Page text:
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Professional Role Becomes Personal for Eisenberg Foundation Director

Kristen Young (right) poses for a family photograph with her husband and daughters.

In January 1999, Harold “Hal” Eisenberg passed away from gastrointestinal cancer at the age of 53. His friends and family immediately launched the Harold E. Eisenberg Foundation to fight gastrointestinal (GI) cancers and to save others from facing the same devastating loss of a loved one. Since its establishment, the Eisenberg Foundation has supported the work of the Robert H. Lurie Comprehensive Cancer Center of Northwestern University and committed more than $3.5 million to fund breakthrough GI oncology research.

In July 2022, Kristen Young became the executive director of the Eisenberg Foundation. Most recently at the American Lung Association, she was eager to apply her extensive experience working in the nonprofit world to raising funds to advance cancer care. Two months later, Kristen received a diagnosis of stage 3 colon cancer at the age of 37.

The full circle moment of the foundation’s longstanding partnership with Northwestern and Kristen’s personal cancer journey at Lurie Cancer Center did not go unnoticed by this mother of two young children. She said, “Looking back, I know taking on this role with the Foundation was meant to be.”

Kristen’s Story

“I had noticed symptoms in February 2022, but I had given birth to my second daughter only a few months earlier and then the entire family got COVID,” recalled Kristen, a resident of Highwood, Illinois. “With so much going on in our lives at the time, I just assumed my body was out of whack.”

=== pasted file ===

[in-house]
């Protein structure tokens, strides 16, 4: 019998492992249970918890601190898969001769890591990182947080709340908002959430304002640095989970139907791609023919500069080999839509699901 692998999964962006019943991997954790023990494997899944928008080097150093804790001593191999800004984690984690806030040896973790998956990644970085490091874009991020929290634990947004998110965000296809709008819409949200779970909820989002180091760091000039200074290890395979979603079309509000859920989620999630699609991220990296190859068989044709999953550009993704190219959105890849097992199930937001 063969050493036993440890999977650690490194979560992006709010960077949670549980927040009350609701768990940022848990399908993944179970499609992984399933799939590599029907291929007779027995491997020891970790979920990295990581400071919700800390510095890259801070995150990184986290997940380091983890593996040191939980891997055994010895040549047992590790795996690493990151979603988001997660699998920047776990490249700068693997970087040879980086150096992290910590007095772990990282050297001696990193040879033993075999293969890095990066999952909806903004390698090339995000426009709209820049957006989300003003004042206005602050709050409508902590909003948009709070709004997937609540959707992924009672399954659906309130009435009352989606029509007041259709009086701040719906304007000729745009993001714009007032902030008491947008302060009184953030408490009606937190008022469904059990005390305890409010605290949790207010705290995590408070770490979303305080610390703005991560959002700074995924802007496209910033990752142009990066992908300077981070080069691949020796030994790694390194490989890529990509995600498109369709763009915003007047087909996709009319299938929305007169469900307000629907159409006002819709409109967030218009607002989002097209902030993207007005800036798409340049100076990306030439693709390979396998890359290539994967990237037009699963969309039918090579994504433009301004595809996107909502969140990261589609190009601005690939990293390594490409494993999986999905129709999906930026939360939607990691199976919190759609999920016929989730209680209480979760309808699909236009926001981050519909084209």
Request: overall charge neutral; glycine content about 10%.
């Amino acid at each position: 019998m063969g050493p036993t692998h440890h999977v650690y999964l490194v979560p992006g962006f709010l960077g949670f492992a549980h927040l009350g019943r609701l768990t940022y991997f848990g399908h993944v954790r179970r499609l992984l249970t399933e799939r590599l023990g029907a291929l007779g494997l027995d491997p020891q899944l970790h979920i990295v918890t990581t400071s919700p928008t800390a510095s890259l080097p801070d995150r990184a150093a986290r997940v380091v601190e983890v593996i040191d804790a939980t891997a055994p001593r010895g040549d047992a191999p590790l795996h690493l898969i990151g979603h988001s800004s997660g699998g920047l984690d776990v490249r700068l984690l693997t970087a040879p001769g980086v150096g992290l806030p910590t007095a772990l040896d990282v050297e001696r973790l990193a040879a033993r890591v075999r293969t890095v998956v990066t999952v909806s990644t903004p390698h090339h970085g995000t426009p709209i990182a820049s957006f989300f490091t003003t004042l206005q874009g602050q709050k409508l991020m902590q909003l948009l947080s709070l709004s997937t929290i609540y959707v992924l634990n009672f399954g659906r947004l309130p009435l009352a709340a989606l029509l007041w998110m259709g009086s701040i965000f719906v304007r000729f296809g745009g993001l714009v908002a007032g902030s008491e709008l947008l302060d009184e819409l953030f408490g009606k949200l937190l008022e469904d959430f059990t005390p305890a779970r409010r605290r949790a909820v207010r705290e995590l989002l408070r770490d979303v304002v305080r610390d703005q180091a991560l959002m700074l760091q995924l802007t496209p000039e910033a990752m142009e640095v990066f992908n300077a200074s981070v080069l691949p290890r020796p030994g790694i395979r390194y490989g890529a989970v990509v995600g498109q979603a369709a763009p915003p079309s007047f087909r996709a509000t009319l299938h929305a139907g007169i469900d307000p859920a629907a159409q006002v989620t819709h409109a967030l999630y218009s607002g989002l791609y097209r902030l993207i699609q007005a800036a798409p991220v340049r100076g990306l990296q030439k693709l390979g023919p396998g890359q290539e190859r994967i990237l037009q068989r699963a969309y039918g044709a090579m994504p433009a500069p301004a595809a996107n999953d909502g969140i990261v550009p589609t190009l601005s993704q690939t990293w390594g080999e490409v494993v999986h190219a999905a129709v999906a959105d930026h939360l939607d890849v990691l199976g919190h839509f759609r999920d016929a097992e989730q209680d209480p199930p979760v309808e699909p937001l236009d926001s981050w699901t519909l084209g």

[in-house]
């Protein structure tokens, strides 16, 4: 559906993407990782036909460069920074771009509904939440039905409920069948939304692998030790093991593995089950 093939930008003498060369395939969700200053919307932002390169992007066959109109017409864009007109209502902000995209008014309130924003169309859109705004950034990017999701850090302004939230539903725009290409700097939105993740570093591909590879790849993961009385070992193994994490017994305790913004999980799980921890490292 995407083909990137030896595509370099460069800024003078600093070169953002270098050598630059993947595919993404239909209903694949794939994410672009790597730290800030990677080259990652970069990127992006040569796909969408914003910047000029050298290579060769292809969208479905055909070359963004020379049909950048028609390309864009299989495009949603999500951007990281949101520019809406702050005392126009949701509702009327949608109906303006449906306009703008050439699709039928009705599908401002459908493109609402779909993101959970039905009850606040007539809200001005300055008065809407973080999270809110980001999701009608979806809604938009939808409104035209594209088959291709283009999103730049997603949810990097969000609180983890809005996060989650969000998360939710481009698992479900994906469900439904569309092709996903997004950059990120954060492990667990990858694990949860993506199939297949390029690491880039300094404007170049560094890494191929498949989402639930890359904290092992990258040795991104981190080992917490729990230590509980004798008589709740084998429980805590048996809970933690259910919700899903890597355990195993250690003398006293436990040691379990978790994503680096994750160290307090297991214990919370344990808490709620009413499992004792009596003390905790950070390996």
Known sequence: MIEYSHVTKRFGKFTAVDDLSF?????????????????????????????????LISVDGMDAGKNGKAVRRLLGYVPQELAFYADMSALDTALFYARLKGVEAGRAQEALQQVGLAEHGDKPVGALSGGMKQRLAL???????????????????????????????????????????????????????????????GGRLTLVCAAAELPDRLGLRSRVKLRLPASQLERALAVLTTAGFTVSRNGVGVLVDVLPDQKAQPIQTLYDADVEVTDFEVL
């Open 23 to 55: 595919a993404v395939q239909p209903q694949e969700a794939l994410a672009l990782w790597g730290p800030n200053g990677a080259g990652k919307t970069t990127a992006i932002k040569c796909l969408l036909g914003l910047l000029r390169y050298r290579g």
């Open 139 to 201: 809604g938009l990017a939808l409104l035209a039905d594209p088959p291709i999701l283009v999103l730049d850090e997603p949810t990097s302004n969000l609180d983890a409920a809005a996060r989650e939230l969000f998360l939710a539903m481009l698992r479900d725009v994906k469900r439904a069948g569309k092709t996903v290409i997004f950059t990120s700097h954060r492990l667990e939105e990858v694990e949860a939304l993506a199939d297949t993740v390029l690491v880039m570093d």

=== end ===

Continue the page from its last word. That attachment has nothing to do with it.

A few months later, with symptoms continuing, she saw gastroenterologist Charles Muller, MD, instructor of Medicine (Gastroenterology and Hepatology). He advised Kristen to undergo a colonoscopy. After receiving her unexpected diagnosis last fall, Kristen—who had no family history of colon cancer—looked to the Lurie Cancer Center for her cancer care. Her team included oncologist Mary Mulcahy, MD, professor of Medicine (Hematology and Oncology), Radiology, and Surgery, and GI surgeon Mohammad Abbass, MD, MPH, assistant professor of Surgery (Gastrointestinal): Together, they quickly mapped out Kristen’s treatment strategy. First, Kristen had surgery to remove the tumor from her colon and surrounding lymph nodes in October. A three-month course of chemotherapy followed, which she recently completed this March.

“Dr. Mulcahy shared that because of recent progress within cancer research, chemotherapy is much more personalized today. They prescribe only what is needed based on what they know works to achieve the best outcomes,” she continued. “That really resonated with me. Curing cancer doesn’t necessarily happen in leaps and bounds. Small improvements can make a huge impact on the lives of people and families going through cancer treatment.”

An Important Platform

Working for the Harold E. Eisenberg Foundation, Kristen feels privileged to use her personal experience to help others. In additional to supporting GI cancer research, the organization fosters real estate education for students looking to enter the field where Hal Eisenberg made his mark. “I don’t want others, especially young people, to be blindsided,” said Kristen, who hopes to weave in health education into the foundation’s programming. “Don’t let symptoms go unnoticed. Have regular checkups. Make sure you know your family’s cancer history.”

Kristen values every dollar the Harold E. Eisenberg Foundation raises for GI research so that Northwestern investigators can make new discoveries. “Each and every movement forward makes a difference,” she said. “Just by facilitating this support, I hope to help improve the care for others like me who benefited from advances in cancer treatment.”

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For more information about supporting The Harold E. Eisenberg Foundation, or the Robert H. Lurie Comprehensive Cancer Center, please contact Nicole Langert at or 312-503-6743.